• endemicity analysis;
  • Mexican Transition Zone;
  • Nearctic;
  • Neotropical;
  • parsimony analysis of endemicity;
  • provinces;
  • species distribution models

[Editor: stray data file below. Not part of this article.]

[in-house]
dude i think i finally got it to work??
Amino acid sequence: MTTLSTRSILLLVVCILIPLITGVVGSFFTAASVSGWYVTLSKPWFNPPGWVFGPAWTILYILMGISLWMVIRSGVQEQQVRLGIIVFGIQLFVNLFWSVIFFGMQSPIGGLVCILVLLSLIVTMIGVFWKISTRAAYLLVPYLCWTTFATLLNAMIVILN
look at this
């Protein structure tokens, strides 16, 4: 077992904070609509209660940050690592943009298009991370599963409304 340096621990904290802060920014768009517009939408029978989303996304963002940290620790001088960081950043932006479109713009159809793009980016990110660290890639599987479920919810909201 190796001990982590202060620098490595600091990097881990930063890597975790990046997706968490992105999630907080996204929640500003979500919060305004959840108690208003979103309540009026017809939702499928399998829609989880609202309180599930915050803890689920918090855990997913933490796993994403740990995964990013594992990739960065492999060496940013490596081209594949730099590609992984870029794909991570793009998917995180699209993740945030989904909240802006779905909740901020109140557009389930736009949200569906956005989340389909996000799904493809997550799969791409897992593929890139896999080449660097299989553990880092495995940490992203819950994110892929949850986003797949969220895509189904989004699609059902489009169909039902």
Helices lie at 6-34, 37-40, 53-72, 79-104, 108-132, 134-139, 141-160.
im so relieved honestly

Since the 19th Century, two regions have been recognized for North American mammals, which overlap in Mexico. The Nearctic region corresponds to the northern areas and the Neotropical region corresponds to the southern ones. There are no recent regionalizations for these regions under the criterion of endemism. In the present study, we integrate two methods to regionalize North America, using species distribution models of mammals: endemicity analysis (EA) and parsimony analysis of endemicity (PAE). EA was used to obtain areas of endemism and PAE was used to hierarchize them. We found 76 consensus areas from 329 sets classified in 146 cladograms, and the strict consensus cladogram shows a basal polytomy with 14 areas and 16 clades. The final regionalization recognizes two regions (Nearctic and Neotropical) and a transition zone (Mexican Transition Zone), six subregions (Canadian, Alleghanian, Californian-Rocky Mountain, Pacific Central America, Mexican Gulf-Central America, and Central America), two dominions (Californian and Rocky Mountain), and 23 provinces. Our analysis show that North America is probably more complex than previously assumed. © 2013 The Linnean Society of London, Biological Journal of the Linnean Society, 2013, 110, 485–499.